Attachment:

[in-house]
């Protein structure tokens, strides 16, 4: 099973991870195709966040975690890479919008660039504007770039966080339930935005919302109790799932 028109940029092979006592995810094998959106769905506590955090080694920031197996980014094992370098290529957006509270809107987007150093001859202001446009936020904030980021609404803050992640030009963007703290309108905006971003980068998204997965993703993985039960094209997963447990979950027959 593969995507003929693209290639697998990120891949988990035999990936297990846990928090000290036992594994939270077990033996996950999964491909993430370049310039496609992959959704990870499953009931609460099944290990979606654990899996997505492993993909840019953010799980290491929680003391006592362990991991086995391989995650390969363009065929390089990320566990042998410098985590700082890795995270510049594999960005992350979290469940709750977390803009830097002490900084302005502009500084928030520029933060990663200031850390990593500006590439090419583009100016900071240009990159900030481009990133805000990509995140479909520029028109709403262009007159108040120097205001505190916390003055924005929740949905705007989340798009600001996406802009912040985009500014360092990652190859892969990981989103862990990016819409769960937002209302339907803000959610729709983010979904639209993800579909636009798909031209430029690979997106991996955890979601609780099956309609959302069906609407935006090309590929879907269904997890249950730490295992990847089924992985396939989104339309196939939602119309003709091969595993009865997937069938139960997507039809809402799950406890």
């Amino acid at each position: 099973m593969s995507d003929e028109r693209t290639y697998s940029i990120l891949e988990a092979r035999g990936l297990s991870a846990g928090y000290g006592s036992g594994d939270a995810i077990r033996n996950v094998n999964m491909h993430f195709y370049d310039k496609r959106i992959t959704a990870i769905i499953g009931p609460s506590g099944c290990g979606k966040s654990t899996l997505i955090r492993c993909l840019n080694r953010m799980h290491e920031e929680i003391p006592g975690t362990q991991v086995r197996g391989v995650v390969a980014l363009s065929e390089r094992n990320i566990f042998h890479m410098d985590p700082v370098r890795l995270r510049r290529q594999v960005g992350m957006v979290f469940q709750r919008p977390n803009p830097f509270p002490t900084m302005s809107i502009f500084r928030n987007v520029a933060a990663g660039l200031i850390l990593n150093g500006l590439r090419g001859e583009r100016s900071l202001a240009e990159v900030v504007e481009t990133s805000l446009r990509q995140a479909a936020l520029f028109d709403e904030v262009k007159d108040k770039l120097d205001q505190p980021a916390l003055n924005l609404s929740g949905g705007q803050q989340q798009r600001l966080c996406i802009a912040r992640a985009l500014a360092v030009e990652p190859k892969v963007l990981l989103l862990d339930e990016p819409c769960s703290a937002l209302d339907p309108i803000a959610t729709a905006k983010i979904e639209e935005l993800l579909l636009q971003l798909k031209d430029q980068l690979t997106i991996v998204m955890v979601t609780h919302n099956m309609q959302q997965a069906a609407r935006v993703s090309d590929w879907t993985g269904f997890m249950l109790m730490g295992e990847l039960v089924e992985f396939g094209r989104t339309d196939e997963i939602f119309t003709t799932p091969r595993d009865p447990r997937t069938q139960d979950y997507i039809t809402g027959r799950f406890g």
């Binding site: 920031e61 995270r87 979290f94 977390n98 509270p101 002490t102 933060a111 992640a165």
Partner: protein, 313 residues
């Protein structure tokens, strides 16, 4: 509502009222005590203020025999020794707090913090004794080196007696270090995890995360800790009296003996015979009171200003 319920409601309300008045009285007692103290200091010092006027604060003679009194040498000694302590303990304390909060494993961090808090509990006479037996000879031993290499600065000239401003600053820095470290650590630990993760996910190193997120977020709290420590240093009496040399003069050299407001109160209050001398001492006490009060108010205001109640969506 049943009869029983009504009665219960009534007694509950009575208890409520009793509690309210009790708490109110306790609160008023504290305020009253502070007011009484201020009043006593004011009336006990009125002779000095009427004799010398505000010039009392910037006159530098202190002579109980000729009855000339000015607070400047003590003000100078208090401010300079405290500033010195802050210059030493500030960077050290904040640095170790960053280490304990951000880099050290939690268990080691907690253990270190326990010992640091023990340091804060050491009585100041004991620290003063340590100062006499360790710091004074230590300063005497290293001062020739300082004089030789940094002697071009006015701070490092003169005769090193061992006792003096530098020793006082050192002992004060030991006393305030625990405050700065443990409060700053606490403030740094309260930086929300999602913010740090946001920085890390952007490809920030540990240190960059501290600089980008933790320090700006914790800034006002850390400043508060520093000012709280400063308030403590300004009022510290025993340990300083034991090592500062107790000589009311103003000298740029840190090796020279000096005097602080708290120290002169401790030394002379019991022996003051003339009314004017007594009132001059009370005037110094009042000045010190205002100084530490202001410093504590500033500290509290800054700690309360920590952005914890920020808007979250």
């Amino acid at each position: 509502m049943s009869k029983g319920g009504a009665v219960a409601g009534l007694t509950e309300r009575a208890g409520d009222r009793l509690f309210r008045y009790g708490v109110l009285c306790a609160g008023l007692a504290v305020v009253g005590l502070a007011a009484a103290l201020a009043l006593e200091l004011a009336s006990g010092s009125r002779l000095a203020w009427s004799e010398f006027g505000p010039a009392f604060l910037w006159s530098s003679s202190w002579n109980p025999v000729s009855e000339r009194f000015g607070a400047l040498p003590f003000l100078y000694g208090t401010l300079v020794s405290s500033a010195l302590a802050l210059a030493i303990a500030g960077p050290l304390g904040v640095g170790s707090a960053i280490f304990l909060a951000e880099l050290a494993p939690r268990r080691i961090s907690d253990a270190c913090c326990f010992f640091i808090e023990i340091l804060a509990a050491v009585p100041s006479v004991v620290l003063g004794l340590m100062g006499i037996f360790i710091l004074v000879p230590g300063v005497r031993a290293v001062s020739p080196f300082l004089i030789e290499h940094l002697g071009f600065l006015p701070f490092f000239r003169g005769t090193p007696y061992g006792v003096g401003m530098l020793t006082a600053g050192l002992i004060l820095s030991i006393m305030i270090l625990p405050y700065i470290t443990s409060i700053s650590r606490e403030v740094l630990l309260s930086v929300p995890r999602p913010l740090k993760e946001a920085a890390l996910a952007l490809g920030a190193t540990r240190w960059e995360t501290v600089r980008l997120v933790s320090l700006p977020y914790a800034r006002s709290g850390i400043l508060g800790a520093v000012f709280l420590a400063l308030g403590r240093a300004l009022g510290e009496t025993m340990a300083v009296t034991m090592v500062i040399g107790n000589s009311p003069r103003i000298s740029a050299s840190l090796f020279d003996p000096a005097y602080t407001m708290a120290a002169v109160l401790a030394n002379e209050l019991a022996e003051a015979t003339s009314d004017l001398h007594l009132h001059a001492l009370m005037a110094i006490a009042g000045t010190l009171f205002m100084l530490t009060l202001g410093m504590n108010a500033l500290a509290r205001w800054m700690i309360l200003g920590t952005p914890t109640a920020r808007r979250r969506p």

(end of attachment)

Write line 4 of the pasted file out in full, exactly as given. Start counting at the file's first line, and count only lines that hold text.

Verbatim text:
């Binding site: 920031e61 995270r87 979290f94 977390n98 509270p101 002490t102 933060a111 992640a165």